New York, Park Avenue
15 - 16 June 1998
SNEL, Willebrord (1580-1626). Eratosthenes batavus, de terrae ambitus vera quantitate. Leiden: Jodocus Colster, 1617.
4o (193 x 139 mm). Full-page engraving showing the triangulation of Holland on p. 168, numerous woodcut diagrams in text. Contemporary blind-ruled Dutch vellum (a few very minor marginal defects).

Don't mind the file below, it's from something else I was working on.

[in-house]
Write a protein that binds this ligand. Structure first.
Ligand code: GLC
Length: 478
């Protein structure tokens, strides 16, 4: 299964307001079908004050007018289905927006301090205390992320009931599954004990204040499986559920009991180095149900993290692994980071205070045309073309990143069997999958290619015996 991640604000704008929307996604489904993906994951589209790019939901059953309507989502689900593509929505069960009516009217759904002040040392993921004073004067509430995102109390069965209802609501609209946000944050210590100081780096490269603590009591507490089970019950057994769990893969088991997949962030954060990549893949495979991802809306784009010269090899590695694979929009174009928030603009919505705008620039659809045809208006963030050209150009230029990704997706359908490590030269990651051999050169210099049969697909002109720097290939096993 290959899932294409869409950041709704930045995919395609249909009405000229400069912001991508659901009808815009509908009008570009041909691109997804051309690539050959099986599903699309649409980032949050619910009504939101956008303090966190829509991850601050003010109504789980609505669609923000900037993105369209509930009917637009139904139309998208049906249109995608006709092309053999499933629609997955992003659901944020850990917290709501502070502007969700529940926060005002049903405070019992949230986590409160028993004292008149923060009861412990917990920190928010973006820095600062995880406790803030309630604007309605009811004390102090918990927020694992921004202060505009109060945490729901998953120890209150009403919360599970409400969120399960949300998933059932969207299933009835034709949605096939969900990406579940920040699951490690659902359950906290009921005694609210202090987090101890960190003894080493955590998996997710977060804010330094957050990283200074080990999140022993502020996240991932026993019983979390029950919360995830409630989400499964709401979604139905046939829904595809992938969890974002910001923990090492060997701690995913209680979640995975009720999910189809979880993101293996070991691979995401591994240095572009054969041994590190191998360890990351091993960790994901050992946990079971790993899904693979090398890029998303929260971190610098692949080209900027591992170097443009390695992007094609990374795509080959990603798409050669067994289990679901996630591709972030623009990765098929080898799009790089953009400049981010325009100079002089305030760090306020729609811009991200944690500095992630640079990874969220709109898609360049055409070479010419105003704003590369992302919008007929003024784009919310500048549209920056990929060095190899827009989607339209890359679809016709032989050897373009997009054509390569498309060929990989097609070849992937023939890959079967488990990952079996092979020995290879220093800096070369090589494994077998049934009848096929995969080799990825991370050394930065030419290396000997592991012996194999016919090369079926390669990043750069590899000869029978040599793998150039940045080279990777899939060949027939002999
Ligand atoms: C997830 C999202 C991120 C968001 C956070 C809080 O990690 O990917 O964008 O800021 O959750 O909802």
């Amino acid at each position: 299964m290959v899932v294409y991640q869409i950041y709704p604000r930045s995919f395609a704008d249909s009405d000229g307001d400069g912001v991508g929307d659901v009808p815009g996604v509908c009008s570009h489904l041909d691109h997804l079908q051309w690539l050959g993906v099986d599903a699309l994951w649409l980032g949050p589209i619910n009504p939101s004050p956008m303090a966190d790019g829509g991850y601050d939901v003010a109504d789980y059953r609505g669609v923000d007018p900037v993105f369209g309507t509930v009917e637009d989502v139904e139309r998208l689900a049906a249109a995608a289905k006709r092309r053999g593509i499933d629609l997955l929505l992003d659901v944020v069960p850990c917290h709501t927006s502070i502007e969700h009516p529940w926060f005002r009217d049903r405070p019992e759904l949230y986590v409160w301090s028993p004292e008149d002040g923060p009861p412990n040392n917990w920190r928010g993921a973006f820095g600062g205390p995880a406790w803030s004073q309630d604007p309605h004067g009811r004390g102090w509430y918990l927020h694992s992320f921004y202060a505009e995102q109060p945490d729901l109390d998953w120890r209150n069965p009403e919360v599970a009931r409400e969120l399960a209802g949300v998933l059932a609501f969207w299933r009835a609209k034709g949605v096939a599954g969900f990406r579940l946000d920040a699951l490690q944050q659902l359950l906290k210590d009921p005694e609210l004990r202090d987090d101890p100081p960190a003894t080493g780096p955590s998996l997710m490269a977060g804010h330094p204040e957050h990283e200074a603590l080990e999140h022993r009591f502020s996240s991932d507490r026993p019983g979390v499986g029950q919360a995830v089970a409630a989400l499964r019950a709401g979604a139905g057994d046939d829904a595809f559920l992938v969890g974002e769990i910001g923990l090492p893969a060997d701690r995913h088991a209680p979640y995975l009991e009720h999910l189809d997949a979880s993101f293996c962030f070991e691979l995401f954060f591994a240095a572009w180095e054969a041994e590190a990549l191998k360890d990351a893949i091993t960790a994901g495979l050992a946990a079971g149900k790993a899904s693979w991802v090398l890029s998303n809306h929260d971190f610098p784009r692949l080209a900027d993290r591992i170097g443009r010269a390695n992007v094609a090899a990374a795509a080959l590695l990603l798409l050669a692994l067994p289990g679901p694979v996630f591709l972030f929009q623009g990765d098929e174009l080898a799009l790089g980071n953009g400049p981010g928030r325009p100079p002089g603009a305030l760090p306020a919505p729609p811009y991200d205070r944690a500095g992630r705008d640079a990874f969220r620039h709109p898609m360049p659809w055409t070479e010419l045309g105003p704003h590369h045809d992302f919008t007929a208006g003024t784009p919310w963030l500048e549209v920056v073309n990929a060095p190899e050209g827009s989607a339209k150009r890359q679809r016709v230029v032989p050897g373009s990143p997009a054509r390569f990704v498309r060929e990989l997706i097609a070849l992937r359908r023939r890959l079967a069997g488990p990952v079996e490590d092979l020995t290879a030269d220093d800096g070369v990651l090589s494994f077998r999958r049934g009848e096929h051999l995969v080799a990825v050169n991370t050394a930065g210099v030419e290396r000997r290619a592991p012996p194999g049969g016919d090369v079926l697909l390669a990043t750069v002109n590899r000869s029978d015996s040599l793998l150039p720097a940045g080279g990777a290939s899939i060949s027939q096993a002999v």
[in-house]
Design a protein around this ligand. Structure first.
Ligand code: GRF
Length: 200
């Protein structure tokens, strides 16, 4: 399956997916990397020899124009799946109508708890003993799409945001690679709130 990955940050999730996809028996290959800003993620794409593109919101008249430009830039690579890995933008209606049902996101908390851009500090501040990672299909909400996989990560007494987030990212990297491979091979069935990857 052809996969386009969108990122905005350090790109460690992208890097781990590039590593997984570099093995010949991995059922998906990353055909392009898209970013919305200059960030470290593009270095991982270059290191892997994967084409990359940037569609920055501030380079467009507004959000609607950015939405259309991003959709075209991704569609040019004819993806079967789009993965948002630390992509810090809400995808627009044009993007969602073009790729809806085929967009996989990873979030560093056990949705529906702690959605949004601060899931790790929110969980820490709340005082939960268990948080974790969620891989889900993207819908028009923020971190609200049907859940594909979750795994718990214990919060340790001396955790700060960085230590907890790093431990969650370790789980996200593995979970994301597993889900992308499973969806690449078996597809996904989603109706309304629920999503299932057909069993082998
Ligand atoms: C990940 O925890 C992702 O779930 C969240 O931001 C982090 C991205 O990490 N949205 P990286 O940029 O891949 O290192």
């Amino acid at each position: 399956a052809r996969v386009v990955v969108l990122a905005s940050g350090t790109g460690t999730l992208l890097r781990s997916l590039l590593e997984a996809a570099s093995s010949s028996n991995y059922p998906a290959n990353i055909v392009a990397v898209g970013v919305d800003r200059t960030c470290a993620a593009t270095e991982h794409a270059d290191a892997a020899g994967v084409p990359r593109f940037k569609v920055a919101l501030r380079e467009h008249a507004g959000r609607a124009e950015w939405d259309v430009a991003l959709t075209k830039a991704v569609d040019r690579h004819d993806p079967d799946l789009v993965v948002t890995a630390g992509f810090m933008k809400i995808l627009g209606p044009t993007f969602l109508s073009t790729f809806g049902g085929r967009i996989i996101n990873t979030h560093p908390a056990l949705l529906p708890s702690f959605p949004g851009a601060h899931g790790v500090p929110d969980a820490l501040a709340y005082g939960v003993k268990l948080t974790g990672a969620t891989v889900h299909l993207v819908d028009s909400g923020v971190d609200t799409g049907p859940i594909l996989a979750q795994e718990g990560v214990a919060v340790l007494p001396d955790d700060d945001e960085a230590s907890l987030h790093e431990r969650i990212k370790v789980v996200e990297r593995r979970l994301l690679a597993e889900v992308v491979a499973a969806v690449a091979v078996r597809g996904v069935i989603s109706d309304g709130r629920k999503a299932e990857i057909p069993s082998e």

FIRST EDITION OF SNEL'S FUNDAMENTAL WORK IN THE SCIENCE OF GEODESY. In this work Snel laid down the principles of a new method for determining the length of the arc of the meridian by triangulation. "In 1615 he became deeply involved in the determination of the length of the meridian, selecting for this work the method of triangulation, first proposed by Gemma Frisius in 1533 and also used by Tycho. Snel developed it to such an extent that he may rightfully be called the father of triangulation. Starting with his house ... he used the spires of town churches as points of reference. Thus, through a net of triangles, he computed the distance from Alkmaar to Bergen-op-Zoom (around 130 kilometers). The two towns lie on approximately the same meridian. Snel used the distance from Leiden to Zoeterwoude (about 5 kilometers) as a baseline. His instruments were made by Blaeu" (DSB). From the mean of these two measurements Snel calculated the length of a degree to be 352,347 feet, a more accurate reckoning than any previous attempt. Snel also solved the so-called recession problem for three points, and the problem is often named after him. The title of this work is a tribute to the Greek mathematician Eratosthenes, who was famous for his measurement of the circumference of the earth. VERY FINE COPY. Norman 1963.
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